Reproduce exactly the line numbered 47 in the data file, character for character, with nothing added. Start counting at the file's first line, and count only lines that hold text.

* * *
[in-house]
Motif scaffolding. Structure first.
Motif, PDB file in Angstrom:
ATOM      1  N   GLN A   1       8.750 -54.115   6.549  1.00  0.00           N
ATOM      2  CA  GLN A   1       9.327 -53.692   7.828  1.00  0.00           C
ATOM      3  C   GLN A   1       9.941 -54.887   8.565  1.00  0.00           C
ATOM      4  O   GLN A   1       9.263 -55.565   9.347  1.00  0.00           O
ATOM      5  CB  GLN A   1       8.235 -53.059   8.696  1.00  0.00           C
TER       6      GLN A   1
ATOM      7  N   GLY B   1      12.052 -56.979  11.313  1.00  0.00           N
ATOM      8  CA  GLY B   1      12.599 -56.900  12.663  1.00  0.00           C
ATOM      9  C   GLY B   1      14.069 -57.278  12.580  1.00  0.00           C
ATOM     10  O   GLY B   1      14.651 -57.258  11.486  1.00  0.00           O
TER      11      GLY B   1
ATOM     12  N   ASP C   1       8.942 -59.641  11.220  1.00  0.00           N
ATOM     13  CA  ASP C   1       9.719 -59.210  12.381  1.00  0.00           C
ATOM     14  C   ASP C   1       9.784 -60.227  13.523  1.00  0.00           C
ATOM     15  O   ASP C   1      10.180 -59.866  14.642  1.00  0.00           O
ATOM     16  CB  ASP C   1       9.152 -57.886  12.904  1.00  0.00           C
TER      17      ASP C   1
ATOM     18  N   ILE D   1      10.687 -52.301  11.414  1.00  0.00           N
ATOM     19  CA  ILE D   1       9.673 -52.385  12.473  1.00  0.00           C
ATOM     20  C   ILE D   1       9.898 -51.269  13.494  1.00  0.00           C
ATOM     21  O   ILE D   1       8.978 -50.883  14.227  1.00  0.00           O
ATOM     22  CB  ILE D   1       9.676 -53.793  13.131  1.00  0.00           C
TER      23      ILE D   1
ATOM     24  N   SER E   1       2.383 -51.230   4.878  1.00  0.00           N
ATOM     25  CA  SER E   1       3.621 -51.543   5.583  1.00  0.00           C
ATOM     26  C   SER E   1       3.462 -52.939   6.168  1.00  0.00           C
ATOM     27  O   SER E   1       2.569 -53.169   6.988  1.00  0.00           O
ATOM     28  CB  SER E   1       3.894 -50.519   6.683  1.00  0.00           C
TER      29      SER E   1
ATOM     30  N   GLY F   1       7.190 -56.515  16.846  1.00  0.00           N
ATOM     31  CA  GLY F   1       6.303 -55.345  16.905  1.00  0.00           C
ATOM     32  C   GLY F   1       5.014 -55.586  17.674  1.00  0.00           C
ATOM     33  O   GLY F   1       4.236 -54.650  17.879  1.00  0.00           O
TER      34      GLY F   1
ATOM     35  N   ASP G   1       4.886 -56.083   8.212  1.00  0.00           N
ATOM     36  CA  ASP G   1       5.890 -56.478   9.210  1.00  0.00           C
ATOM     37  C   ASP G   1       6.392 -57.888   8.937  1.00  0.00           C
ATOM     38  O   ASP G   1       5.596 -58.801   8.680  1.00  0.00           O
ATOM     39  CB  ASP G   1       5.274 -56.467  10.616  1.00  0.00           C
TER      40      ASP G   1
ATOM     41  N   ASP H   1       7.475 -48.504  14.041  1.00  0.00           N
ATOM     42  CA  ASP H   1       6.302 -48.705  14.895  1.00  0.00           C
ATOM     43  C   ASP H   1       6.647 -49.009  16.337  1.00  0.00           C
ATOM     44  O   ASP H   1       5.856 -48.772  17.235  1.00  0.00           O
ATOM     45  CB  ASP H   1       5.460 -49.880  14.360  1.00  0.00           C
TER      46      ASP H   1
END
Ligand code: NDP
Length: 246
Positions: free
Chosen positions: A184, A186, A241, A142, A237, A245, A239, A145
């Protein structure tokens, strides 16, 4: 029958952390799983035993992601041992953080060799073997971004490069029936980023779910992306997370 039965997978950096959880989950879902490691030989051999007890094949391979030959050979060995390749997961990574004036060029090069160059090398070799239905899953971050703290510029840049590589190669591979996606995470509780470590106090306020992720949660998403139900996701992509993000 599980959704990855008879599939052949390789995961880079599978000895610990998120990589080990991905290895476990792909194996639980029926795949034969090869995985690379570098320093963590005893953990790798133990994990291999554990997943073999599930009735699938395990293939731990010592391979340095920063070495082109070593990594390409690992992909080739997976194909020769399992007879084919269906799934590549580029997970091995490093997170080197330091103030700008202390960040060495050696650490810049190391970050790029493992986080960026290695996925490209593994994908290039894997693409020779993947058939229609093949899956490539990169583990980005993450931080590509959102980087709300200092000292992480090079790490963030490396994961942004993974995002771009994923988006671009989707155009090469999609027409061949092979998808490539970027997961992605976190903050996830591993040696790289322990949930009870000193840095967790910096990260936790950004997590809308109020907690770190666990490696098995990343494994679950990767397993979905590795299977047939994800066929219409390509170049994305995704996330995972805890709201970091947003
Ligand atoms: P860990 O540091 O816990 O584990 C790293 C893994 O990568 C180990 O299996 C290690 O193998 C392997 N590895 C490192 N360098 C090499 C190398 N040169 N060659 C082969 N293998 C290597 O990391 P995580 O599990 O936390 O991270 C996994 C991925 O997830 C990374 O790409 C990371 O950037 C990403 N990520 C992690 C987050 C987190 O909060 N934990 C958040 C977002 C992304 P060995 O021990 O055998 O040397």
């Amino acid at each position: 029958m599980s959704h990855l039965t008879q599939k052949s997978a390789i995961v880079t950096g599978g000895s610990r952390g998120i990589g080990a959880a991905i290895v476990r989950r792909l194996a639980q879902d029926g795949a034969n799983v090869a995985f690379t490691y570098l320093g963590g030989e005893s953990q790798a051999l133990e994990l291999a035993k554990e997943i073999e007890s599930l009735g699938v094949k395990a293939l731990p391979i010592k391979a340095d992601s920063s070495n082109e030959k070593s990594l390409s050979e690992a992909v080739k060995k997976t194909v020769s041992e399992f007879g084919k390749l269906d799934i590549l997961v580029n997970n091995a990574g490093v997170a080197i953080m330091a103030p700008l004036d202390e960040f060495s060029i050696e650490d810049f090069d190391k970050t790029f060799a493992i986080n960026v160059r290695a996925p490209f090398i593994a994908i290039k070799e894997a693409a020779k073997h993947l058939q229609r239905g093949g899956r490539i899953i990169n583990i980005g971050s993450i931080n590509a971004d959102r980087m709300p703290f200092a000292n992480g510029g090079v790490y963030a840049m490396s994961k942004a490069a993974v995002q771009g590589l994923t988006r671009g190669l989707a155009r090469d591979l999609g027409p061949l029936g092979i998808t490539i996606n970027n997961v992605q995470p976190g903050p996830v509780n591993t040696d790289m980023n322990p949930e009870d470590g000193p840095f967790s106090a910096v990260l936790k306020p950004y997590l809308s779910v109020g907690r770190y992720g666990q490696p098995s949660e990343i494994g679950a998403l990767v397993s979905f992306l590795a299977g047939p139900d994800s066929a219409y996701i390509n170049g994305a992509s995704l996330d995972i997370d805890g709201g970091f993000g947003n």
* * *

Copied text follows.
ATOM     44  O   ASP H   1       5.856 -48.772  17.235  1.00  0.00           O